The music department at Payson Elementary School has gone through some changes since last year, including the purchase of 30 brand-new Yamaha Acoustic guitars.
Julie Davies, music teacher at Payson Elementary School, said the guitars are expected to arrive within the next few weeks.
Payson Elementary School bought the guitars as part of a restructuring of their music program.
Davies said the guitars will be used primarily by fourth-grade students at Payson Elementary School, because there is no specific music program for that grade level.
"In grades K-3, I give students a basic introduction to music. When they reach the third grade, I introduce them to recorders and teach them how to play them," she said.
"In fifth grade, they get to learn how to play keyboards," she added.
"For years I have wanted to offer something to fourth-graders to fill in the gap, so this year we were able to purchase 30 student-size guitars and we will also be providing lessons."
Guitar-playing lessons will be given during regular school hours and will not cost parents a dime, Davies said.
"The district is providing the lessons as part of the regular music curriculum, so unless parents want their kids to get lessons outside of school, it won't cost them anything for their fourth-grader to learn how to play the guitar."
Payson Elementary School chose to give lessons during regular school hours, rather than after school, because it is a good way for all students to have the opportunity to learn the basics of playing a guitar, since some working parents might not be able to accommodate their children's participation in an after school program.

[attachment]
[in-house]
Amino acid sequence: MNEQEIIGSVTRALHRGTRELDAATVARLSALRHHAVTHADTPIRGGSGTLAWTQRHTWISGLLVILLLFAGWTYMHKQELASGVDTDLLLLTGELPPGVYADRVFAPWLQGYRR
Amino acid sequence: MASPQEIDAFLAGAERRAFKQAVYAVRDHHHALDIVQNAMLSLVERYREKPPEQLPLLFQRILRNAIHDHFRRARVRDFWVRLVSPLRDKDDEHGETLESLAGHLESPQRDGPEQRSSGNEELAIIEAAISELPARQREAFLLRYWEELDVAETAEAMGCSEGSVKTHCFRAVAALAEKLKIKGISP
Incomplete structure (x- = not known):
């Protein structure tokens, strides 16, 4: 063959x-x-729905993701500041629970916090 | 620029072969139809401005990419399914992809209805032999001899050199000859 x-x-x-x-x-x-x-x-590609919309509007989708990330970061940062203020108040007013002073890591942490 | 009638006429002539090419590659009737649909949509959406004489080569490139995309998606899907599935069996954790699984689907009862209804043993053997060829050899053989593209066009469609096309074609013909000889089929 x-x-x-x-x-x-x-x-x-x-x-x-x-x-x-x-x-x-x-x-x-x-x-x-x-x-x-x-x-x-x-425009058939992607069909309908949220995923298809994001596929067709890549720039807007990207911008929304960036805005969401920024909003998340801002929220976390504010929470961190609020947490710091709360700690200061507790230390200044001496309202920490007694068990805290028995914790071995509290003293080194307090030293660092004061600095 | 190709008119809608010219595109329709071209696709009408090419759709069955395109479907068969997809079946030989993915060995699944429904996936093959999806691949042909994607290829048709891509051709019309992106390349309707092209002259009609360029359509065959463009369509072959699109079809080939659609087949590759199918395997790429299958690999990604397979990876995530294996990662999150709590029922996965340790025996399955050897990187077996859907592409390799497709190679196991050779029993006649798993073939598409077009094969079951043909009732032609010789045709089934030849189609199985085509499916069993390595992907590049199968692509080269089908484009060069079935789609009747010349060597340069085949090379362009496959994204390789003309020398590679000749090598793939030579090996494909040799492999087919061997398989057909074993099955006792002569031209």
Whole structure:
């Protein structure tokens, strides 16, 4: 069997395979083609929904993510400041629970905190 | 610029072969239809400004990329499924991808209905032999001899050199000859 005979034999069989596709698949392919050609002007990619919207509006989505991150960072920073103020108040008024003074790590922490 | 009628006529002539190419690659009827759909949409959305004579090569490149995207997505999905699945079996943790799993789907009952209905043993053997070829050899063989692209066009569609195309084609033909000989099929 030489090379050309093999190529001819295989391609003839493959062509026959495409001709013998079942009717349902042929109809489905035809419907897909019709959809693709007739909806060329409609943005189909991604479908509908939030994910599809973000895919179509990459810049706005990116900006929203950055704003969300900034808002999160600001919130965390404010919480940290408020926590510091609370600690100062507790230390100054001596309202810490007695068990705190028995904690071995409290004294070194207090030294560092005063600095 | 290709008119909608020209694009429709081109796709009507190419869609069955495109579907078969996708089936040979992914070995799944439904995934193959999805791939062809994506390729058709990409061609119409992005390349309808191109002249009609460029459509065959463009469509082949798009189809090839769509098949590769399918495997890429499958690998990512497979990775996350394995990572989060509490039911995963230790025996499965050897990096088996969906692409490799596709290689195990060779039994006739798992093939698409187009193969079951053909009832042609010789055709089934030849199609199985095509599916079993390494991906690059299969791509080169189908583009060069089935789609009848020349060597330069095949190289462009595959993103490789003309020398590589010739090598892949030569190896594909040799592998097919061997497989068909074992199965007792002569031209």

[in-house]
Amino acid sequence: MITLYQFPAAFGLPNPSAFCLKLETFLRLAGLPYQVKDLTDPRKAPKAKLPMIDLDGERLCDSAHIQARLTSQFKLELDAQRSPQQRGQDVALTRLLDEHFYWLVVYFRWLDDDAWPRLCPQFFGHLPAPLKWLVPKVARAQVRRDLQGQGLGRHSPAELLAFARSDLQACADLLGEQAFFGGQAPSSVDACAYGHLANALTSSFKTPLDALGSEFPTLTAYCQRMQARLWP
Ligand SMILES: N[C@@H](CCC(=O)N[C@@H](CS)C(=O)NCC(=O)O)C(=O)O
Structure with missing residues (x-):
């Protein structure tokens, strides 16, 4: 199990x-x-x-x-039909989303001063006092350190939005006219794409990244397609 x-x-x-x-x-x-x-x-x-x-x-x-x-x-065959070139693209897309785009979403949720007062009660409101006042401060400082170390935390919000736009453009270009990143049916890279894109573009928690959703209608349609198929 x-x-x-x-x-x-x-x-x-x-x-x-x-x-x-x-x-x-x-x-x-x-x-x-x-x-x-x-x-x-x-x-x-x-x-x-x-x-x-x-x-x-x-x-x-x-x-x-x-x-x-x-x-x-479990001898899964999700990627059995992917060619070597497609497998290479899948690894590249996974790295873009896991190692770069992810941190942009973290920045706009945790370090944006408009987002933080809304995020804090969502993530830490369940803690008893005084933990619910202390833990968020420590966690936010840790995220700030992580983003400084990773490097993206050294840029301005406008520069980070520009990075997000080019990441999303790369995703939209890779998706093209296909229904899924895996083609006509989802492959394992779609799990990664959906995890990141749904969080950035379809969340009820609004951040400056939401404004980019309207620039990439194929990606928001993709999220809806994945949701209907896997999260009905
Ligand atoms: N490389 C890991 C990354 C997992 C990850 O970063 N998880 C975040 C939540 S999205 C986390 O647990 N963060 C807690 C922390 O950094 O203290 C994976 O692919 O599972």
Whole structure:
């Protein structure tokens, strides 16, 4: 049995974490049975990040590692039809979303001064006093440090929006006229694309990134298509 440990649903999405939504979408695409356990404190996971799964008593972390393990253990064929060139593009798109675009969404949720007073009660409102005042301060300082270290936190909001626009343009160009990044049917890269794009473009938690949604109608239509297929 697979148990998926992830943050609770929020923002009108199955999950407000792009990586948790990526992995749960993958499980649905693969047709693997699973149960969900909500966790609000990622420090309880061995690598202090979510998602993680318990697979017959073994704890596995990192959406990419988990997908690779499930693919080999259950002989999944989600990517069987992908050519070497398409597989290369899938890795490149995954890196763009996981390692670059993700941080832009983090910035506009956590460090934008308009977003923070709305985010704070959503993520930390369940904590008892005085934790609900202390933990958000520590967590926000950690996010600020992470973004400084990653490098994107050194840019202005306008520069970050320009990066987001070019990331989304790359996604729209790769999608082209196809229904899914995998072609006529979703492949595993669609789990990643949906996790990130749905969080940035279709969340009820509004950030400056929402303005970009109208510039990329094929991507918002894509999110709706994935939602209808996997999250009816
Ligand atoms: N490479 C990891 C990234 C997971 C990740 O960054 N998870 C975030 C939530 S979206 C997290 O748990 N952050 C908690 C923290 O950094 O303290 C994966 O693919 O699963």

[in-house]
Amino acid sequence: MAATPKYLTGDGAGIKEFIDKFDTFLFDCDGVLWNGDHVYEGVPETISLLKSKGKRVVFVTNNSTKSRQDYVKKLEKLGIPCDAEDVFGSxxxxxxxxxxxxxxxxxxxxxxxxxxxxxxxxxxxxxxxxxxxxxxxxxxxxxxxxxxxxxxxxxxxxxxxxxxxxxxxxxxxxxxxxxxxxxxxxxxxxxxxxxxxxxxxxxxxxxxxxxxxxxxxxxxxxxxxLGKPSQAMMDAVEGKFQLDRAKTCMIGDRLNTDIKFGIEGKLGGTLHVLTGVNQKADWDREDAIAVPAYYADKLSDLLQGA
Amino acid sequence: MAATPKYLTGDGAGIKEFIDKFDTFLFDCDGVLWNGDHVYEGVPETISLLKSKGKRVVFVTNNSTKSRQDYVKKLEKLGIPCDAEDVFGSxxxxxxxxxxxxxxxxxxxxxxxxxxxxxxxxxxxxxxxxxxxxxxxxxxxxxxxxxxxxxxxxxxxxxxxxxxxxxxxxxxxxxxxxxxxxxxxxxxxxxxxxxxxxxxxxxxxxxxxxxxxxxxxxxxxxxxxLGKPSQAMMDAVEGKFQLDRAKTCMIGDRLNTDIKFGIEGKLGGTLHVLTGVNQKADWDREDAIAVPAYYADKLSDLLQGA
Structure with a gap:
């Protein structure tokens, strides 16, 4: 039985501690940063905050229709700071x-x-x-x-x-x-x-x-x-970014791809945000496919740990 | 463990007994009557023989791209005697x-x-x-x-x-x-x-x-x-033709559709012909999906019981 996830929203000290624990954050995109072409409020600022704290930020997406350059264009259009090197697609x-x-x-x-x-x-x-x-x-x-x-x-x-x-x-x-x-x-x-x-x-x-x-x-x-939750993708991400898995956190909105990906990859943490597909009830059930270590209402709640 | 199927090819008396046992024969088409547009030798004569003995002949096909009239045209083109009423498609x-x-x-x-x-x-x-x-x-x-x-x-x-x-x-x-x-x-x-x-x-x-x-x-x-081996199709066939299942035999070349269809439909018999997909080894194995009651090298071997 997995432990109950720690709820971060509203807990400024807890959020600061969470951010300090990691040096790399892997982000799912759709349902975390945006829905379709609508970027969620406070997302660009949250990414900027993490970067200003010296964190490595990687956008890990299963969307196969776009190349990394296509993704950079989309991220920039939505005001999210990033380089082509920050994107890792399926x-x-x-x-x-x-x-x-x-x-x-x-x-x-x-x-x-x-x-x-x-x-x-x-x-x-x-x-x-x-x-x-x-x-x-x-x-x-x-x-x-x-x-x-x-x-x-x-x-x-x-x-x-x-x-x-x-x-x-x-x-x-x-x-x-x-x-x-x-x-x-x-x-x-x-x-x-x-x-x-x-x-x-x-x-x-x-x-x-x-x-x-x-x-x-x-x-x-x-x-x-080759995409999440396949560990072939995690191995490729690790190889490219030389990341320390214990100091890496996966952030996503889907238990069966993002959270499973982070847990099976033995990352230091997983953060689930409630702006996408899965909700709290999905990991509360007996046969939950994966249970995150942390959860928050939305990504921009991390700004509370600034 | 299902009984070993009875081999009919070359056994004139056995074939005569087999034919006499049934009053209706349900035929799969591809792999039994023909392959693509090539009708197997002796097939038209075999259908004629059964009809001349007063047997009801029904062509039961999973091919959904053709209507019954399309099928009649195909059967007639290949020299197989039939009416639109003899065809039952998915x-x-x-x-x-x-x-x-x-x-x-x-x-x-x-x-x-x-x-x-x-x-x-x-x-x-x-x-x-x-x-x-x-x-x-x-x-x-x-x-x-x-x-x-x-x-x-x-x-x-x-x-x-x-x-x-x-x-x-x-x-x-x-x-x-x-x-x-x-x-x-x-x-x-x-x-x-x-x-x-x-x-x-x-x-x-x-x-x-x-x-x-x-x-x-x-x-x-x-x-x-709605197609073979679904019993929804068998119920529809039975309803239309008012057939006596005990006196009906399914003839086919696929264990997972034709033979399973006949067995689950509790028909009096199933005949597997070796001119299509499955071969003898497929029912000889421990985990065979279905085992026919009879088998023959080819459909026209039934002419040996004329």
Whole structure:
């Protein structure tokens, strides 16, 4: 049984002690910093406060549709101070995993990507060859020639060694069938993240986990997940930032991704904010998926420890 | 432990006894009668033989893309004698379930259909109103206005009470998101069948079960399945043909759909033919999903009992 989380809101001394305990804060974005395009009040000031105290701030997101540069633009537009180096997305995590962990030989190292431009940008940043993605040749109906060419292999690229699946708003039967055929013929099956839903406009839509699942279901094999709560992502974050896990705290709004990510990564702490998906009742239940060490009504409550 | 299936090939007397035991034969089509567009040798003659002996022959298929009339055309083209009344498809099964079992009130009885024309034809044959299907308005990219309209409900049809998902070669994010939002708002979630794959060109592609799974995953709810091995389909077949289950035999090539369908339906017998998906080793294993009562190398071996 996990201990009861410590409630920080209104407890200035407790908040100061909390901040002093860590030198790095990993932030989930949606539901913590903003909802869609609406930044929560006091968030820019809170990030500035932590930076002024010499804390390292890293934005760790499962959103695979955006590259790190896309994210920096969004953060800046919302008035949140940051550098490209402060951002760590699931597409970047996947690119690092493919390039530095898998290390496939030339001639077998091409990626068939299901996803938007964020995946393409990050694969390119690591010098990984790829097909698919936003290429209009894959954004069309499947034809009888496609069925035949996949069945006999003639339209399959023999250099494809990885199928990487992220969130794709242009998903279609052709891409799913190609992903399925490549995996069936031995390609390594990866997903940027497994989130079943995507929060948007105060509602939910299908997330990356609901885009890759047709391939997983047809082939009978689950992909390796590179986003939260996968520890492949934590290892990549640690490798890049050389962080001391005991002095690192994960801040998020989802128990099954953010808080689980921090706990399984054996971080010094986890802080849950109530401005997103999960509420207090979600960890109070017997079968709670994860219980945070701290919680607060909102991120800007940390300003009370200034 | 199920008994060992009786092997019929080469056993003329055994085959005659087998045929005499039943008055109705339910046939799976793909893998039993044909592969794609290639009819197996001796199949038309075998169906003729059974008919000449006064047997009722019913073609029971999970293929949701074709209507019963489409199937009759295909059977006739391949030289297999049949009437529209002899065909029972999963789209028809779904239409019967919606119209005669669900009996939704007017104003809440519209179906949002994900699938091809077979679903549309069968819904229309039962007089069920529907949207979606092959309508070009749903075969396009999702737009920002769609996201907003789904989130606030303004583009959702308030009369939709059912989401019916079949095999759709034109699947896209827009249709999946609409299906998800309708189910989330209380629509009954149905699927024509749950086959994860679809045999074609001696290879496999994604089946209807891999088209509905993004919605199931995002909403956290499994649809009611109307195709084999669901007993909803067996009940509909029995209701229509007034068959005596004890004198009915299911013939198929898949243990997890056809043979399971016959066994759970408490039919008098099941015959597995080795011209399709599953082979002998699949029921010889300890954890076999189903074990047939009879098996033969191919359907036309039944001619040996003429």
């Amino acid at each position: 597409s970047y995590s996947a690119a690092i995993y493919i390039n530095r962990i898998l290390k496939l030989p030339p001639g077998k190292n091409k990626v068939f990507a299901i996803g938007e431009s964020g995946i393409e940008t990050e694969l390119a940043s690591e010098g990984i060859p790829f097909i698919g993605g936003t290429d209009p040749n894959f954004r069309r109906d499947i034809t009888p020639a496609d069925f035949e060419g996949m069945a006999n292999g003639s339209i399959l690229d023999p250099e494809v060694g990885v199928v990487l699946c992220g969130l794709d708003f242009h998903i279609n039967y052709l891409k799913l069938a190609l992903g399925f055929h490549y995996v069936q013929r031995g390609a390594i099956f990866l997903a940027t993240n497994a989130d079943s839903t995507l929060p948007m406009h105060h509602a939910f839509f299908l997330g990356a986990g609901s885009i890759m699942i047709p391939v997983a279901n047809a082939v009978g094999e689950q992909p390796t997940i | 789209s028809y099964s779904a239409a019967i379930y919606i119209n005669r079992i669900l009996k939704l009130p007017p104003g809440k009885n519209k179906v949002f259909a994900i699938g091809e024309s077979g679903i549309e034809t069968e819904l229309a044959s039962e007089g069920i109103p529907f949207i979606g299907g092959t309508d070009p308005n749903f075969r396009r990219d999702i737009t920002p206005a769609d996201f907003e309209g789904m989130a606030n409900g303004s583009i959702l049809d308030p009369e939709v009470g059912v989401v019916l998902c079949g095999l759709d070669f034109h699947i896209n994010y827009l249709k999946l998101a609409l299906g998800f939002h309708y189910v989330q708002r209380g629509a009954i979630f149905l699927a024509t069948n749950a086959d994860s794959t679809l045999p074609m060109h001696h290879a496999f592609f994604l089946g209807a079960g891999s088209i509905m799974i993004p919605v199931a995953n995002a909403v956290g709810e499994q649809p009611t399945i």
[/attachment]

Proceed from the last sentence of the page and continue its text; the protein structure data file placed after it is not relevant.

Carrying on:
"I'm really excited and pleased to be able to offer this to our fourth-graders this year," Davies said.
She said that since former band and strings instructor, Ron Sadlier, retired from teaching in 2005, the district has been unable to find a suitable replacement to teach band and strings at the elementary school level.
While trying to fill the position left vacant by Sadlier, Robert Tarallo, a civic-minded community member had stepped in to fill the gap, so students could still have band and strings at the school.
Tarallo, who is not a certified music teacher, found that the position required more expertise than he had in music and he vacated the position in 2006.
"I think it was great that Mr. Tarallo and others stepped in to try and help out in the music departments at Payson's elementary schools," Daria Mason, music educator at Frontier Elementary School said.
"But he was not a certified music instructor, and no one else who helped was either, as far as I know, and I just don't think they were qualified to teach music," Mason added.
Davies said the district considered using some of the music teachers at Payson's three elementary schools as roving instructors who would go from school to school to teach strings.
"I understand the principals did look at the scheduling, it was just not possible for us (music teachers) to travel from school to school, there are just not enough hours in the day to do that and still teach what we need to teach here," she said.
"It would be like doing what we could for fifth grade, so they could have band and strings, and then taking away from the other grades to do that."
Davies said that this year at Payson Elementary School, grades K-5 will attend music classes two or three times a week, depending on their grade level, which will include using classroom musical instruments, singing and participating in performances.
"At Payson Elementary School, we are also offering chorus," Davies said.
"Unfortunately we will not be offering strings or band."
Mason said she has also had to cut strings from her curriculum.
"We will be having band, which will meet three times a week, and choir, which will meet two times a week," she said.
"Unfortunately, there will be no strings available this year at Frontier."